Thursday, April 16, 2015
Farhad Manjoo, writing
about "return-free" tax filing, asks, "Would you let the
I.R.S. prepare your taxes?" Manjoo notes further that, in this day and
age, many aspects of filling out tax returns are technologically
[E]mployers, banks, brokerage firms and pretty much every other financial organization in the country send the federal government detailed records about our economic activity every year. These organizations also send you, the taxpayer, a similar set of documents, which are forms with names like W-2 and 1098. After you file your taxes, the government matches its two sets of documents to make sure you have filed correctly.The idea behind return-free filing is that, instead of wasting money or part of your life filling out forms, you could waste less by simply checking what the IRS comes up with for your taxes -- unless maybe your tax situation is made overly cumbersome by our 74,608-page-long tax code.
I will cheerfully admit that when I find myself again giving a company or government agency information it already has, I roll my eyes and think, "Don't we have computers for this?" That said, I think return-free filing is almost as bad an idea as automatic withholding. Both things insulate people from the arbitrary and confiscatory nature of the income tax. Making people consciously fork over money each month -- or continuing to go through inordinate efforts to calculate what will be taken from them -- will not automatically make people want to abolish the income tax. But it might prompt more thought than an automatically-generated number on their pay stubs that they don't have to think much about even once a year.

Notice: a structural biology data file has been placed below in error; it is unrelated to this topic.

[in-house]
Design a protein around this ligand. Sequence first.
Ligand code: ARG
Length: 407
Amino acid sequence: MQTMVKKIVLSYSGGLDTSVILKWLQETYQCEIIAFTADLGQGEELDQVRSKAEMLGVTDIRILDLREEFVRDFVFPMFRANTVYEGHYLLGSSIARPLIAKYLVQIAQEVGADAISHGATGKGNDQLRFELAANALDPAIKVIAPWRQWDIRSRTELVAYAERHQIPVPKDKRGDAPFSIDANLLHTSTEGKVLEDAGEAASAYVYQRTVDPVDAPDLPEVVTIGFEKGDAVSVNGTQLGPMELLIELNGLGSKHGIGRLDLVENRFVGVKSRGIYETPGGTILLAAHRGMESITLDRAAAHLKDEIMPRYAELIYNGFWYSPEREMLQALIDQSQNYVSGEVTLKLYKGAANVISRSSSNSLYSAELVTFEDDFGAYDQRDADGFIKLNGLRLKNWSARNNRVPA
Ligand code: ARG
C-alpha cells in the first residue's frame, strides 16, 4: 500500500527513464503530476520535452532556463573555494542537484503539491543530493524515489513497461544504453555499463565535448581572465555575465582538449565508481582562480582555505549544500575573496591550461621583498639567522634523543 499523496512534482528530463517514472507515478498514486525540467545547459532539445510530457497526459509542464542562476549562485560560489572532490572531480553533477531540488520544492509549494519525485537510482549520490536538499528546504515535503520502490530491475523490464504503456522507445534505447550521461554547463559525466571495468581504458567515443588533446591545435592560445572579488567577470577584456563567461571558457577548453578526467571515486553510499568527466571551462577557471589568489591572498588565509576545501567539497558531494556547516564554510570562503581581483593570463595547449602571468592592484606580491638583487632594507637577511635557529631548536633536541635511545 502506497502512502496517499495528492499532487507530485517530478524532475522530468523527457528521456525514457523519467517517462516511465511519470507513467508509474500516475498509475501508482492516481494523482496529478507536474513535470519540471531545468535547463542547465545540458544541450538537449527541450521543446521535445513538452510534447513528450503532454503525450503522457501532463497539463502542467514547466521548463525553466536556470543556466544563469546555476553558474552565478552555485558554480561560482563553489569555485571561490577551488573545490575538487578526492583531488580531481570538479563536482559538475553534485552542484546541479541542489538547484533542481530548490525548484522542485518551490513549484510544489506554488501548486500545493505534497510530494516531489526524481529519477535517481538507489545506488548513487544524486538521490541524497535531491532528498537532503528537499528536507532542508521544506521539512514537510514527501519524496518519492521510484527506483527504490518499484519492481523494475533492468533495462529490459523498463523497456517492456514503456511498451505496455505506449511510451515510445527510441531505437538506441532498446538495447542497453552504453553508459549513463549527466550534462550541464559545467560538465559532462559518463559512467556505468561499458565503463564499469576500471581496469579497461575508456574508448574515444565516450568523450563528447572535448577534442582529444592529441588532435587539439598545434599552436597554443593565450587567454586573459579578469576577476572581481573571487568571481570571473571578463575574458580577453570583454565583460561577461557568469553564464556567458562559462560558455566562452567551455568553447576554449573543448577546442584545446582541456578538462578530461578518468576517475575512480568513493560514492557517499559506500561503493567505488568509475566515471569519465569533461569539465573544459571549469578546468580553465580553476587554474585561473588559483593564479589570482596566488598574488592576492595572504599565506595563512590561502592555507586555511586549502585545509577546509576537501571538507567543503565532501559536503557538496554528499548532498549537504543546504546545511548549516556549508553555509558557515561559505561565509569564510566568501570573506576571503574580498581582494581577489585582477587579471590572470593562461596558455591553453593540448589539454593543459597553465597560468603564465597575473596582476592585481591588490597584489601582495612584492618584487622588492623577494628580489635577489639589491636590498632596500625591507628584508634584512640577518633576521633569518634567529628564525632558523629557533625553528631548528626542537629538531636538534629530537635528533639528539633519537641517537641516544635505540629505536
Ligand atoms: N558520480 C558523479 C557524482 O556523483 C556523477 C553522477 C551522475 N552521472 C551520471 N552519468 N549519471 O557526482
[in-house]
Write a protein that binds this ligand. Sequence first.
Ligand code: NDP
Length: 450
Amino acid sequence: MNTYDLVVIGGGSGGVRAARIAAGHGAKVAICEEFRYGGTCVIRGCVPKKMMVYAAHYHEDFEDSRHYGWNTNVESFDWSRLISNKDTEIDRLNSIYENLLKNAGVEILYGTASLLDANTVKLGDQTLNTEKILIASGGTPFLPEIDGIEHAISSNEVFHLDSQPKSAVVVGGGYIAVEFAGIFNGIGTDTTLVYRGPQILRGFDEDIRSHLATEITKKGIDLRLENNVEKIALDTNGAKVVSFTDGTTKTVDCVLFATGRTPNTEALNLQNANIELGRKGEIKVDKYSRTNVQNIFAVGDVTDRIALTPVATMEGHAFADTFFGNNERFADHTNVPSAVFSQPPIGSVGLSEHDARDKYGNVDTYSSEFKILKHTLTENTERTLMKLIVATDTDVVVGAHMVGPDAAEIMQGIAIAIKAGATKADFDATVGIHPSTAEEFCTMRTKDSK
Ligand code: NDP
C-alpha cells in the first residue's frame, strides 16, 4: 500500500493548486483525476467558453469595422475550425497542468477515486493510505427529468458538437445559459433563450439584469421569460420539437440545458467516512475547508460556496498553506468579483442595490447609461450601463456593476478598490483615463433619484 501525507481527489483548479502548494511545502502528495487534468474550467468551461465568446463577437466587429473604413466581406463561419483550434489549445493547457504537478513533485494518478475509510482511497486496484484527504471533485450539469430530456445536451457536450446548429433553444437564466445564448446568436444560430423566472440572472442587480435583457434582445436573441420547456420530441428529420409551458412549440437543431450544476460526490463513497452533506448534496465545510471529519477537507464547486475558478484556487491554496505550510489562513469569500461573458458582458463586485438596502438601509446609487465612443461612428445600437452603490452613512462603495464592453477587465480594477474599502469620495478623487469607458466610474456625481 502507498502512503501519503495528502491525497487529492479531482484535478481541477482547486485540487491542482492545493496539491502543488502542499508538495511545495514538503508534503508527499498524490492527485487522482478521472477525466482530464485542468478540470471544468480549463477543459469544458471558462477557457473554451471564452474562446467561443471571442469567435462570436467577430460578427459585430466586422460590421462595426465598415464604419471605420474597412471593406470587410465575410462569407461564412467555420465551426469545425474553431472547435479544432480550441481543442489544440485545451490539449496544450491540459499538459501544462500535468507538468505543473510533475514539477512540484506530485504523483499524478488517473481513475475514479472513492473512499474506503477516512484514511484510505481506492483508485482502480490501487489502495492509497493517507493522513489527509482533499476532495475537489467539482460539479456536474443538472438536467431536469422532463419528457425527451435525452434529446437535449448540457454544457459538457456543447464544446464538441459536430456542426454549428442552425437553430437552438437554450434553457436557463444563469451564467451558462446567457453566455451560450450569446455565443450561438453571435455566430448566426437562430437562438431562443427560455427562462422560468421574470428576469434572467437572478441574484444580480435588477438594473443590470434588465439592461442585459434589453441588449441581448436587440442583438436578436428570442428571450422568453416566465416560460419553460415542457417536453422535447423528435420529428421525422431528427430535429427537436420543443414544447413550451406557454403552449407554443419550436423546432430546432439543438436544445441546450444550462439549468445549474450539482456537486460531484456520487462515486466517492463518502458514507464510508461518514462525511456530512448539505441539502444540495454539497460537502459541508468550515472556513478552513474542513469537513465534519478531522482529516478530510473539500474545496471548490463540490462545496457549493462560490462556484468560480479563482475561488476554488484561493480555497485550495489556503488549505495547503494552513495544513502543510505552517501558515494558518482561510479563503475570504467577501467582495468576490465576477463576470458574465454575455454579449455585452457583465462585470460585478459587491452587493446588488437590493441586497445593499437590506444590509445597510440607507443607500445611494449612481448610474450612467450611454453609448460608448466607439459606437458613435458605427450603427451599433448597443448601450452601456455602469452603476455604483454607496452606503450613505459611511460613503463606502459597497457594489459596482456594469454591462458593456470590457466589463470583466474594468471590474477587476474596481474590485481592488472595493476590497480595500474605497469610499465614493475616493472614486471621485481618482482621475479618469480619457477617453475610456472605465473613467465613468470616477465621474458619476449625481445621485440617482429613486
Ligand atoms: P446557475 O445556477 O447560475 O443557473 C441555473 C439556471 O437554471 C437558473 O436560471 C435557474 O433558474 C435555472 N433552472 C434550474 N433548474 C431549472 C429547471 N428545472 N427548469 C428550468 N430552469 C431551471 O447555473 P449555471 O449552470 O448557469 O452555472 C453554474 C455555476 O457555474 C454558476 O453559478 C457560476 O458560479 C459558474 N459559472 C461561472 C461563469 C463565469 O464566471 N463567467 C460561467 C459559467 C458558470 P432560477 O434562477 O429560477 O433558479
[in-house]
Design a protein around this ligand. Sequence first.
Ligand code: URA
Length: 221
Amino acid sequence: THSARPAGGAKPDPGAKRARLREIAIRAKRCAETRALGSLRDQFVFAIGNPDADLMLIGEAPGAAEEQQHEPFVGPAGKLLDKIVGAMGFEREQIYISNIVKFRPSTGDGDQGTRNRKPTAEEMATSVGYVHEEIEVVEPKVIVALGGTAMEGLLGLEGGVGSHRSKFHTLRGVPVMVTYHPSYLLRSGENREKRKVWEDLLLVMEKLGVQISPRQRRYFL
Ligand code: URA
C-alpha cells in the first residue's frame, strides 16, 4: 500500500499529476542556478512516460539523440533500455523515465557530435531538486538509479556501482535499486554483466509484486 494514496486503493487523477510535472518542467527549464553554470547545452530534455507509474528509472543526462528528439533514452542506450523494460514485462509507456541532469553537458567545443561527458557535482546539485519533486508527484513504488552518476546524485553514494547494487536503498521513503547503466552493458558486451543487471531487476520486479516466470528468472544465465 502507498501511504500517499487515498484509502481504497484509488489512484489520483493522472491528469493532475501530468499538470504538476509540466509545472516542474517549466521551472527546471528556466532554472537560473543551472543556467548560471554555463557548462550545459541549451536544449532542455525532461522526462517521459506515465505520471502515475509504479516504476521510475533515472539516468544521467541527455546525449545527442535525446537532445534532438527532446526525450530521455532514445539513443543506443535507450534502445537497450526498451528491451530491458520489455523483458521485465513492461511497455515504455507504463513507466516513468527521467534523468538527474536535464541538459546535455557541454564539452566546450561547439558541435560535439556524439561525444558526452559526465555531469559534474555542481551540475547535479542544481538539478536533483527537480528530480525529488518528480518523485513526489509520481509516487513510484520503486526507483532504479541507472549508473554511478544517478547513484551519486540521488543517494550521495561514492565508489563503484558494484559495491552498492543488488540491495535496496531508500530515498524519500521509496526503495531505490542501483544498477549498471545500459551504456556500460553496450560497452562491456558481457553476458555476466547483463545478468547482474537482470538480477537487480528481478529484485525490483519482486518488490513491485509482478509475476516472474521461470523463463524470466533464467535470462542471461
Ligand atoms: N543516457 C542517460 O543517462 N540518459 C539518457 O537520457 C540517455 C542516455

The question that too often goes unasked at tax time is, "By what right does the government take money from individuals?" In that light, the correct way to frame this proposal is, "Would you like to be robbed politely?" The correct answer, as tempting as not doing taxes sounds, is, "No. I don't want to be robbed at all."